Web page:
QUOTE: As Congresswoman Liz Cheney was being decisively repudiated by the voters of Wyoming (66 percent to 29 percent is a repudiation), her smug Eastern establishment certainty of moral virtue remained intact.
However, in describing her situation with the words of Abraham Lincoln, she skewed the historic record. If Lincoln had only garnered 29 percent support in his 1858 U.S. Senate race against Stephen Douglas, he would never have been president.
In fact, Lincoln won the popular vote against incumbent Douglas. However, Democrats had more seats in the state legislature (which selected Senators in those days) so they sent Douglas back to Washington. Lincoln then had the Lincoln-Douglas debates published as a book and worked methodically to win the GOP nomination for president in 1860.
Cheney is also profoundly mistaken in her claim that Lincoln ignored public opinion to follow some internal conviction against the popular will.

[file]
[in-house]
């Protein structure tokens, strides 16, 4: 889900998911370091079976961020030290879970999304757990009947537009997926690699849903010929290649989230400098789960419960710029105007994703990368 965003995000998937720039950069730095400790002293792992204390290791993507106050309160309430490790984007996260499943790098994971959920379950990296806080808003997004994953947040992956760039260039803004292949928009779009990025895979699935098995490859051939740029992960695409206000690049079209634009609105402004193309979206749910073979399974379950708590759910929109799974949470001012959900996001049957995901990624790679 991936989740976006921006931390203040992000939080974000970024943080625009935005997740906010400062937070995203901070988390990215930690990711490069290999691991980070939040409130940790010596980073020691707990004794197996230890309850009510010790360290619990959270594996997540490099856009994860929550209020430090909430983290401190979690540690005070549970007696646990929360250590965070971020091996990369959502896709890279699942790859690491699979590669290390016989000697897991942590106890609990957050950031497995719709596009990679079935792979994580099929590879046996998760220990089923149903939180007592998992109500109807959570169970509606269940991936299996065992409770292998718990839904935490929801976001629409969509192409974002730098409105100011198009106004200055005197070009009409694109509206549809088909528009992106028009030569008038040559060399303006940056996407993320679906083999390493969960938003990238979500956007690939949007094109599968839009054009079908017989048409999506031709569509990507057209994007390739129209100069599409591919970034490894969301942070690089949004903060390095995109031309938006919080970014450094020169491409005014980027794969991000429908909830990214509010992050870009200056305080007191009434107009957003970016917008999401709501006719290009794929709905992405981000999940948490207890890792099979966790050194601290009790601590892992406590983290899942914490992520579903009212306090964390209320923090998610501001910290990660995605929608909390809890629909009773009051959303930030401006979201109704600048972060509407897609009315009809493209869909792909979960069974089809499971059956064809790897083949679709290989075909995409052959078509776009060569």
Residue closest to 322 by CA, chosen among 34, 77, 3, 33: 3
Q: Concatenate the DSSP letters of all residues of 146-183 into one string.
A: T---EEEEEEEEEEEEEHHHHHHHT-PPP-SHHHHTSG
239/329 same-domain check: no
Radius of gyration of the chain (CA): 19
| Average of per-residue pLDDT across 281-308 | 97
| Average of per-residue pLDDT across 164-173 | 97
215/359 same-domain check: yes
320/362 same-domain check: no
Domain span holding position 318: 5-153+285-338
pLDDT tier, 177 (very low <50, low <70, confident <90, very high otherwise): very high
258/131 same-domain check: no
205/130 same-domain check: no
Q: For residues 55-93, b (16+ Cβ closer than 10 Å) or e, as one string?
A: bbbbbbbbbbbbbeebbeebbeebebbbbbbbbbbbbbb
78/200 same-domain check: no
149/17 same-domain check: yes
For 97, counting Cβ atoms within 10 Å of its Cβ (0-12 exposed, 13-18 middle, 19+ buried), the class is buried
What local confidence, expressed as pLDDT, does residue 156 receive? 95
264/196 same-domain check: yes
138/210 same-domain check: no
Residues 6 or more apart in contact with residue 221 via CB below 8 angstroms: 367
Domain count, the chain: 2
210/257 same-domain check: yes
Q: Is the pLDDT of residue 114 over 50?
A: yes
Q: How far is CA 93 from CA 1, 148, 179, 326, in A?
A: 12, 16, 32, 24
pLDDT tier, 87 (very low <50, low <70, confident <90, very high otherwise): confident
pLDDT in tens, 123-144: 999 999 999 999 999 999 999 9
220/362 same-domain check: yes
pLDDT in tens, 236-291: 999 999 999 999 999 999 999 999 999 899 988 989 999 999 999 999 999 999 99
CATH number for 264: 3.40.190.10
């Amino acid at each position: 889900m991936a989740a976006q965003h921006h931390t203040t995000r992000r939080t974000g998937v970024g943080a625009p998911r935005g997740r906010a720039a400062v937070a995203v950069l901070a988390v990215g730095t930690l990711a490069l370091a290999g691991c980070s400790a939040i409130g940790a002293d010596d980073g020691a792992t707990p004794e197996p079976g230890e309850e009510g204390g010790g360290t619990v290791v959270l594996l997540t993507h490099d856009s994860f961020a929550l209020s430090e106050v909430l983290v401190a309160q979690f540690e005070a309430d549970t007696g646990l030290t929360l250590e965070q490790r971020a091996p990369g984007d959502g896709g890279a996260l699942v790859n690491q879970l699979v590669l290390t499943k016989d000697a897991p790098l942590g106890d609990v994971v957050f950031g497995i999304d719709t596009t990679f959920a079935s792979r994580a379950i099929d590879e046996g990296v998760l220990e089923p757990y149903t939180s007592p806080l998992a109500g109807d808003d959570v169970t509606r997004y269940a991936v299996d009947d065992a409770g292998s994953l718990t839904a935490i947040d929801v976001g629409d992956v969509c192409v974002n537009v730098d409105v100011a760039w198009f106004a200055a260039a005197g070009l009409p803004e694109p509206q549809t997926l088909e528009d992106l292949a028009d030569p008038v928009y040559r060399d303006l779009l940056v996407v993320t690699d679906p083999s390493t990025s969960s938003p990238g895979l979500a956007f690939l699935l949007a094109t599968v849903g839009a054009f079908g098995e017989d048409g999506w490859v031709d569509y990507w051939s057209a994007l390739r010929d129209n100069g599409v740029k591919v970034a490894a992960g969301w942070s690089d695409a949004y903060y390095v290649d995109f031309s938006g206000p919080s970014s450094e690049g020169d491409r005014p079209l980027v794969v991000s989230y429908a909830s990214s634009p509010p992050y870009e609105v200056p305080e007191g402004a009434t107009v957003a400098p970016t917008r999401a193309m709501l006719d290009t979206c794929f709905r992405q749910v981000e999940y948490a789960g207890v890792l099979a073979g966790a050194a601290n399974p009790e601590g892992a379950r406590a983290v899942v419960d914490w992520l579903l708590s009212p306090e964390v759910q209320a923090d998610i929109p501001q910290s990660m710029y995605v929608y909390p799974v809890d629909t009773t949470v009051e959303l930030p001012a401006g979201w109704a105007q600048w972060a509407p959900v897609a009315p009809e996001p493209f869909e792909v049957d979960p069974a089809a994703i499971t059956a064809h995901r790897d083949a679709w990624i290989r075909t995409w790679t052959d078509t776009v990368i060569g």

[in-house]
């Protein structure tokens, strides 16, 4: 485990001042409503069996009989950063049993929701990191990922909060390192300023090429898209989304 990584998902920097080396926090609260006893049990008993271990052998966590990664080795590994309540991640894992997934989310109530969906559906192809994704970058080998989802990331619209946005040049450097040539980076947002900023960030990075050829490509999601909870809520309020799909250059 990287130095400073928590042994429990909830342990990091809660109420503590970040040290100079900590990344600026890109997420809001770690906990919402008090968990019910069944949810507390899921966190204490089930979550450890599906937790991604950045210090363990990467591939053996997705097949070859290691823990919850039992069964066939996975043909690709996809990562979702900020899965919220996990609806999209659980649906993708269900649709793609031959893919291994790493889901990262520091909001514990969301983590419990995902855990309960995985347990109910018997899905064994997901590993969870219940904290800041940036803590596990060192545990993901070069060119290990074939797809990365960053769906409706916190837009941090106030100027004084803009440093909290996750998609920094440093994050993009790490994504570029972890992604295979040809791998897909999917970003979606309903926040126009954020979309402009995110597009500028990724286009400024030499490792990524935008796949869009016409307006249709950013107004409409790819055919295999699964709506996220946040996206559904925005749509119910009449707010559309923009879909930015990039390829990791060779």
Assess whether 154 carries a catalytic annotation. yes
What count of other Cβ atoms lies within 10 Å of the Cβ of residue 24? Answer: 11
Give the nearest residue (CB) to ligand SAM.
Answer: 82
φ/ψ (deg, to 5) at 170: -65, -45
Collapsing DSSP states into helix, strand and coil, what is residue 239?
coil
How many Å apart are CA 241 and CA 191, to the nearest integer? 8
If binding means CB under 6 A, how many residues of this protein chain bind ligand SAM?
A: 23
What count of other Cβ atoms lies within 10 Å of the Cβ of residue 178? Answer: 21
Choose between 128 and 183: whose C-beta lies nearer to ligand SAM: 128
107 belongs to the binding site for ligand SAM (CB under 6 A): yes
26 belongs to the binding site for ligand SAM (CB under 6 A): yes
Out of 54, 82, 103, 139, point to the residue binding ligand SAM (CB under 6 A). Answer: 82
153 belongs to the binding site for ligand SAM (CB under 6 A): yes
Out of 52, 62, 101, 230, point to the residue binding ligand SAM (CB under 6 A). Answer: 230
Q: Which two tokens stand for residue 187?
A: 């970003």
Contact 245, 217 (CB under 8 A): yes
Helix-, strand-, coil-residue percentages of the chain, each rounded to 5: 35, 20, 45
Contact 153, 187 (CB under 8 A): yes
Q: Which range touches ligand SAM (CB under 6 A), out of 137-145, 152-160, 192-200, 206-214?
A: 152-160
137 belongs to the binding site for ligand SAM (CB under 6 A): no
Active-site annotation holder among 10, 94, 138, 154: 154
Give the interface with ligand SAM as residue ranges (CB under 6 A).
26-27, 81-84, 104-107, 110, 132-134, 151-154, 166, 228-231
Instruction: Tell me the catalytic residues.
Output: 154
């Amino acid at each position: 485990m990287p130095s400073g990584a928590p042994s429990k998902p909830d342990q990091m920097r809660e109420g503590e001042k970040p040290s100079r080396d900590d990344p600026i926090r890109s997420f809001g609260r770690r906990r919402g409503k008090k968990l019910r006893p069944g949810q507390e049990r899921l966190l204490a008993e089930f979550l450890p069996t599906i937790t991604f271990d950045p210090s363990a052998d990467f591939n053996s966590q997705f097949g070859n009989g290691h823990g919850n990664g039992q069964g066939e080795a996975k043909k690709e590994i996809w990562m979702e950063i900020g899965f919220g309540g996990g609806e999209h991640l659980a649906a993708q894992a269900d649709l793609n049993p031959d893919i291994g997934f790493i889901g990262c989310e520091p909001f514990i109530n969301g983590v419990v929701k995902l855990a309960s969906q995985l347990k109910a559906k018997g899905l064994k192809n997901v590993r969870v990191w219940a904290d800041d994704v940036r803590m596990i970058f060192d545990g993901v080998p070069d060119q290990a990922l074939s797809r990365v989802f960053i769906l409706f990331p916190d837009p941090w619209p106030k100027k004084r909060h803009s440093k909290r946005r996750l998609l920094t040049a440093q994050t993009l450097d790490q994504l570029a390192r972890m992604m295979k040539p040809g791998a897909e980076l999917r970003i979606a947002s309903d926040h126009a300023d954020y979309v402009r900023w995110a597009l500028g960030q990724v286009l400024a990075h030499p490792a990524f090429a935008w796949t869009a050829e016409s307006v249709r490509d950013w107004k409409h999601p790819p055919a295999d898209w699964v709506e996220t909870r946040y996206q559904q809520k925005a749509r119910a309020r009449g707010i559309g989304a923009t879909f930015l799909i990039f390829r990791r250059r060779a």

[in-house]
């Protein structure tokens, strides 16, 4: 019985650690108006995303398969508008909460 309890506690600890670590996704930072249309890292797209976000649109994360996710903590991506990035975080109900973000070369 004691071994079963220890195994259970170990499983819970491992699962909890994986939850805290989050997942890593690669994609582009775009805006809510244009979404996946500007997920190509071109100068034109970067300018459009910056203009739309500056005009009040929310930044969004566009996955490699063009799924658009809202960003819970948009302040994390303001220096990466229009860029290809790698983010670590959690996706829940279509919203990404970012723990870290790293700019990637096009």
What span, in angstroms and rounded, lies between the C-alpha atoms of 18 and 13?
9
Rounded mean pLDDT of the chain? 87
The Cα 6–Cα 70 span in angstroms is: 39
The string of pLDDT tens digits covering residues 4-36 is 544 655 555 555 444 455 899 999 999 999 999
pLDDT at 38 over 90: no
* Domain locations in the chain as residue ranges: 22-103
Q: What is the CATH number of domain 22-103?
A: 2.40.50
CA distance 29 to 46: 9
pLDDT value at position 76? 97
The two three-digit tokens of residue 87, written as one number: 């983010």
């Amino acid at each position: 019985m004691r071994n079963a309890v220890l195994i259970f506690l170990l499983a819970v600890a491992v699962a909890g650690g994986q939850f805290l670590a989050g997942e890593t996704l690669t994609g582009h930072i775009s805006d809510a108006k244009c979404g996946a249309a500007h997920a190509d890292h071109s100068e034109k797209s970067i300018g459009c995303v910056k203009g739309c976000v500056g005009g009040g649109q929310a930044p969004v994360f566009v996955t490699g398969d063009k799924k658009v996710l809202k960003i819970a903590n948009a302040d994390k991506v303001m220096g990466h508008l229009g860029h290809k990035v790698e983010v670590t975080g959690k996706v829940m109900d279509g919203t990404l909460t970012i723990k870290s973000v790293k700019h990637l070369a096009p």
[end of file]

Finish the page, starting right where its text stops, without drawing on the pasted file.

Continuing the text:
Lincoln was deeply careful about doing what the public wanted. He was possibly the most thoughtful of all American presidents in this regard. Lincoln warned: "In this age, in this country, public sentiment is everything. With it, nothing can fail; against it, nothing can succeed. Whoever molds public sentiment goes deeper than he who enacts statutes, or pronounces judicial decisions."
Anyone who studies Lincoln's presidency knows he listened carefully to the American people (at least those in the North who favored maintaining the Union and ultimately supported abolishing slavery). When Lincoln called for government of the people, by the people, and for the people, he meant everyday folks – not just Ivy League elites.
The government of the people in Wyoming means representing a deeply pro-Donald Trump position. After all, President Trump got 69.94 percent of the vote in Wyoming in 2020.